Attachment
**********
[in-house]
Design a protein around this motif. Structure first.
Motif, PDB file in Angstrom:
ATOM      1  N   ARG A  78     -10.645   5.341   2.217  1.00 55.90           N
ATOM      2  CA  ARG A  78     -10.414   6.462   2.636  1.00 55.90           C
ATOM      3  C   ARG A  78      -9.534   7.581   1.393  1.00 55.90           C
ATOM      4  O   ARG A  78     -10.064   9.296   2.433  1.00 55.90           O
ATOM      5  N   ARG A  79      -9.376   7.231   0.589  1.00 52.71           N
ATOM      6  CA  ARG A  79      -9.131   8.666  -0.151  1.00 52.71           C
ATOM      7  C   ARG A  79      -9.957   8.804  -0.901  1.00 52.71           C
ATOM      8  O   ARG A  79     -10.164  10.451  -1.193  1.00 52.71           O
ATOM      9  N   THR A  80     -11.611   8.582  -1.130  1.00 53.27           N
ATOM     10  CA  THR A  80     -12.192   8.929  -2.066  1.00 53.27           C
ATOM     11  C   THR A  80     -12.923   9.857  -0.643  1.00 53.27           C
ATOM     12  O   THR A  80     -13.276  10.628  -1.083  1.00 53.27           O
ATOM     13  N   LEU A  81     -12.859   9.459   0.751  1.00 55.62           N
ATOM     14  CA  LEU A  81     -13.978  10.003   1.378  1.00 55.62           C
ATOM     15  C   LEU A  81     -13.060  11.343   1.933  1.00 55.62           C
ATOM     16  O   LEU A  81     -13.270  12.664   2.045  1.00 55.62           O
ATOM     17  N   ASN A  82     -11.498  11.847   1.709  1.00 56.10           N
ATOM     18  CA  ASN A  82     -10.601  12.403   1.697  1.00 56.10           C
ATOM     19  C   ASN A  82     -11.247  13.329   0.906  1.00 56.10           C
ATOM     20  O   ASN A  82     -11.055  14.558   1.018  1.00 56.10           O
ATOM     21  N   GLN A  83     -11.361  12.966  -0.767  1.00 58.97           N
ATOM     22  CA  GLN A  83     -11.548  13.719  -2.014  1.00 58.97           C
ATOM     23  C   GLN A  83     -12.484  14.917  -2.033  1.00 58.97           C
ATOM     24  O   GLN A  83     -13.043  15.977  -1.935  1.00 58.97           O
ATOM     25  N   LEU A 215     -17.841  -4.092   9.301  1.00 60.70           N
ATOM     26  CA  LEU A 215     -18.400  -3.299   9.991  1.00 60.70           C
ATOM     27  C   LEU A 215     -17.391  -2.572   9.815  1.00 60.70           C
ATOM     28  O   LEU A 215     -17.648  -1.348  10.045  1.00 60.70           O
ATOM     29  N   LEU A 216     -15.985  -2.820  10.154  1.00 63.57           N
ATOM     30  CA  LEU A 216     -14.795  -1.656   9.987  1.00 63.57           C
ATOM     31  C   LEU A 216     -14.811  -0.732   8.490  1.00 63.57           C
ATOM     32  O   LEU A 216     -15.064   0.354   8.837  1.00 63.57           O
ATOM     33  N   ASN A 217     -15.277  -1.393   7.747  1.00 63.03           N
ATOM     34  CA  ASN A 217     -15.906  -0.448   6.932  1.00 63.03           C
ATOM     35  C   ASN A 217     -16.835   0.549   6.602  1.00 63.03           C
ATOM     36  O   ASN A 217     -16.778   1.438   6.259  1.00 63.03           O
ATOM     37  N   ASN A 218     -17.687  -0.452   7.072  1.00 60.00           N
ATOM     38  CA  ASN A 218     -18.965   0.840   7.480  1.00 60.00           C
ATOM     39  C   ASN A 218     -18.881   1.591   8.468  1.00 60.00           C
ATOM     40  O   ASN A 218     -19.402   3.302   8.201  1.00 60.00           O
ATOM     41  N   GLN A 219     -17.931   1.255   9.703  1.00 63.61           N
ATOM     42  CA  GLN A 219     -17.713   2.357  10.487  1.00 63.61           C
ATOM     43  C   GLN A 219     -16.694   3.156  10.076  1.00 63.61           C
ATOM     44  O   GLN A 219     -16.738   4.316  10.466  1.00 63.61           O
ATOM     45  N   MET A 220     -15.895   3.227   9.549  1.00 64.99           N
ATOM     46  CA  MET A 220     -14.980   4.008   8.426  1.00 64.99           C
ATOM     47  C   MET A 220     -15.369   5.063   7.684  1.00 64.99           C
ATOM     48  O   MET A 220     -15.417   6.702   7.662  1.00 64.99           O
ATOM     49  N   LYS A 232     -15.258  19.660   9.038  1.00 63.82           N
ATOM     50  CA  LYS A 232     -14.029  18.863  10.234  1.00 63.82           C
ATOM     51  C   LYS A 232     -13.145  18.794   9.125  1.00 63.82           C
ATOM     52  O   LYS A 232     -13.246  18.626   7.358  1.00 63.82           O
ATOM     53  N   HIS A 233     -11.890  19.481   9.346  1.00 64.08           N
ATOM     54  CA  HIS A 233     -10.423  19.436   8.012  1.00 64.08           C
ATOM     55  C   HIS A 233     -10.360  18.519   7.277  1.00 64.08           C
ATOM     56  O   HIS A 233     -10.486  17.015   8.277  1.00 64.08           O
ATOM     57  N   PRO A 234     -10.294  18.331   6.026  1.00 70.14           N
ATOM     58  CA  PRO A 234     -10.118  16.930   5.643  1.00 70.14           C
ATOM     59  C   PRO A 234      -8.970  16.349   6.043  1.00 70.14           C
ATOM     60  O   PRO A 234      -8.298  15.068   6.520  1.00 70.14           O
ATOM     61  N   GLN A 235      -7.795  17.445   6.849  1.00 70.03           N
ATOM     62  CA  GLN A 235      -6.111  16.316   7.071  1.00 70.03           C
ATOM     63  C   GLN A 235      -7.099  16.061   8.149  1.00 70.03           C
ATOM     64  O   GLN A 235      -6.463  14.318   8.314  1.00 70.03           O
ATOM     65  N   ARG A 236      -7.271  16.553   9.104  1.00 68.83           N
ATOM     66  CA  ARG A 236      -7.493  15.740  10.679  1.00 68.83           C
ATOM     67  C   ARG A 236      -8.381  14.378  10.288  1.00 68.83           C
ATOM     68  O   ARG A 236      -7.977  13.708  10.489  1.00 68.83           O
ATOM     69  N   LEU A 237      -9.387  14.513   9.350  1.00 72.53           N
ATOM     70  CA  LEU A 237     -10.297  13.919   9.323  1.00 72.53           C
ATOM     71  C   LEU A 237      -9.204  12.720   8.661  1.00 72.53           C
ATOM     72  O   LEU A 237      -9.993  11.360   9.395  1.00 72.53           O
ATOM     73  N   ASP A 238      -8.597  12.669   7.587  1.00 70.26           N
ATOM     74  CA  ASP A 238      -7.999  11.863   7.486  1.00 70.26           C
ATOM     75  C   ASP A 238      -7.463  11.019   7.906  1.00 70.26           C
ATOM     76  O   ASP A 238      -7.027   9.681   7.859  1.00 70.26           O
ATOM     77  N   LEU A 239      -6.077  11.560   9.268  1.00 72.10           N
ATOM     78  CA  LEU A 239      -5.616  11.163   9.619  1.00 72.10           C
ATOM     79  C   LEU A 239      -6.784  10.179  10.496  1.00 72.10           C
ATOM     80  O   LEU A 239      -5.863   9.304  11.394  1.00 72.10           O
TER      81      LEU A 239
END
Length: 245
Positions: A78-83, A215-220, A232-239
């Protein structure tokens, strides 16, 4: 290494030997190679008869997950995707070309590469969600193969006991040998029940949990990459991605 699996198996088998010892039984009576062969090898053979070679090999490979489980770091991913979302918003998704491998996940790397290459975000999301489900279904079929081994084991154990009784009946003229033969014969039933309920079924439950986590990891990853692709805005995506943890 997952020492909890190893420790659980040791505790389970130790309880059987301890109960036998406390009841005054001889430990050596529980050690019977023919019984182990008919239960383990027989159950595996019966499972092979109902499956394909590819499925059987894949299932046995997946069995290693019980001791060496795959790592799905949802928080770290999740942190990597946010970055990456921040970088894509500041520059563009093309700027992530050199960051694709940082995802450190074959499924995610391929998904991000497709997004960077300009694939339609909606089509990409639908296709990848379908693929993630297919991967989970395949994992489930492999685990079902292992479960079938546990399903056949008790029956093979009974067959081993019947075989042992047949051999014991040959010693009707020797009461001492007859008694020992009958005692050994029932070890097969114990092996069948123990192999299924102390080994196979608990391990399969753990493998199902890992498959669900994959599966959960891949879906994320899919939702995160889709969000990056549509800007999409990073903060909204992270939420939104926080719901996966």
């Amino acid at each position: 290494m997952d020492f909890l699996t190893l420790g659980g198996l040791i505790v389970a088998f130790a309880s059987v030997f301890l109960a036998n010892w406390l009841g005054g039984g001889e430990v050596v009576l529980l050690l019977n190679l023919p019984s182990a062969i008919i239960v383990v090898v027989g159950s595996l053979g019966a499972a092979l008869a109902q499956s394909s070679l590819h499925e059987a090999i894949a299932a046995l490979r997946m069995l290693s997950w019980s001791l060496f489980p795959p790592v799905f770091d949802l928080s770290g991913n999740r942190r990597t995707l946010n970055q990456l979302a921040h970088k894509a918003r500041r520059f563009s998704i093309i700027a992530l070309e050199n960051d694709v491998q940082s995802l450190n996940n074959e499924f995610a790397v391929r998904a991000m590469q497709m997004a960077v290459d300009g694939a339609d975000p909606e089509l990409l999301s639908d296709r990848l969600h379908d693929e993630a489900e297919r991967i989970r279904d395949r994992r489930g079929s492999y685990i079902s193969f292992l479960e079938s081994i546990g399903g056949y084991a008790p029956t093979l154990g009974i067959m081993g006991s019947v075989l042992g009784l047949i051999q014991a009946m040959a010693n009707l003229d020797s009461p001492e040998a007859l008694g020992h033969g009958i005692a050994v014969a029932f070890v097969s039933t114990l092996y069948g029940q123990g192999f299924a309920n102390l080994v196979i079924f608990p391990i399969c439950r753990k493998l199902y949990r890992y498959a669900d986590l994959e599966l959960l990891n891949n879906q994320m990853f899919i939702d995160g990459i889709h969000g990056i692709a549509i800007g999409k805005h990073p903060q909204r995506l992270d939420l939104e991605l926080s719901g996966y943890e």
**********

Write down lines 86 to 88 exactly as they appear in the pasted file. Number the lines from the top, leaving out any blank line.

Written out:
Length: 245
Positions: A78-83, A215-220, A232-239
């Protein structure tokens, strides 16, 4: 290494030997190679008869997950995707070309590469969600193969006991040998029940949990990459991605 699996198996088998010892039984009576062969090898053979070679090999490979489980770091991913979302918003998704491998996940790397290459975000999301489900279904079929081994084991154990009784009946003229033969014969039933309920079924439950986590990891990853692709805005995506943890 997952020492909890190893420790659980040791505790389970130790309880059987301890109960036998406390009841005054001889430990050596529980050690019977023919019984182990008919239960383990027989159950595996019966499972092979109902499956394909590819499925059987894949299932046995997946069995290693019980001791060496795959790592799905949802928080770290999740942190990597946010970055990456921040970088894509500041520059563009093309700027992530050199960051694709940082995802450190074959499924995610391929998904991000497709997004960077300009694939339609909606089509990409639908296709990848379908693929993630297919991967989970395949994992489930492999685990079902292992479960079938546990399903056949008790029956093979009974067959081993019947075989042992047949051999014991040959010693009707020797009461001492007859008694020992009958005692050994029932070890097969114990092996069948123990192999299924102390080994196979608990391990399969753990493998199902890992498959669900994959599966959960891949879906994320899919939702995160889709969000990056549509800007999409990073903060909204992270939420939104926080719901996966």